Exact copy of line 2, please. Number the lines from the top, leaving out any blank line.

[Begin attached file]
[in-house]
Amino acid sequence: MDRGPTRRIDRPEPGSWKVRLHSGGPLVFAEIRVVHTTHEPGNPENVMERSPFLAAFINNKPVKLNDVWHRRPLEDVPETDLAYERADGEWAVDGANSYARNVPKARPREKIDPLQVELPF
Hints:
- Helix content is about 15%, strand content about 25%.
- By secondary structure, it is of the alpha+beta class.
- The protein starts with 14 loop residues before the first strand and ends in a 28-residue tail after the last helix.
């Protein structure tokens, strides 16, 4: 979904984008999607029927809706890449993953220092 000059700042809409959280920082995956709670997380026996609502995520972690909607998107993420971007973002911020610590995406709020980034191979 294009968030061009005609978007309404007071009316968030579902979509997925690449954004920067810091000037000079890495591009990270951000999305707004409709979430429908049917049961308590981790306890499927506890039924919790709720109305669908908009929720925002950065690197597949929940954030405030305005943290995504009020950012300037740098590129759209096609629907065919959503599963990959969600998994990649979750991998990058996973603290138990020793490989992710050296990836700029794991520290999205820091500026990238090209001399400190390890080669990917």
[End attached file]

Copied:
Amino acid sequence: MDRGPTRRIDRPEPGSWKVRLHSGGPLVFAEIRVVHTTHEPGNPENVMERSPFLAAFINNKPVKLNDVWHRRPLEDVPETDLAYERADGEWAVDGANSYARNVPKARPREKIDPLQVELPF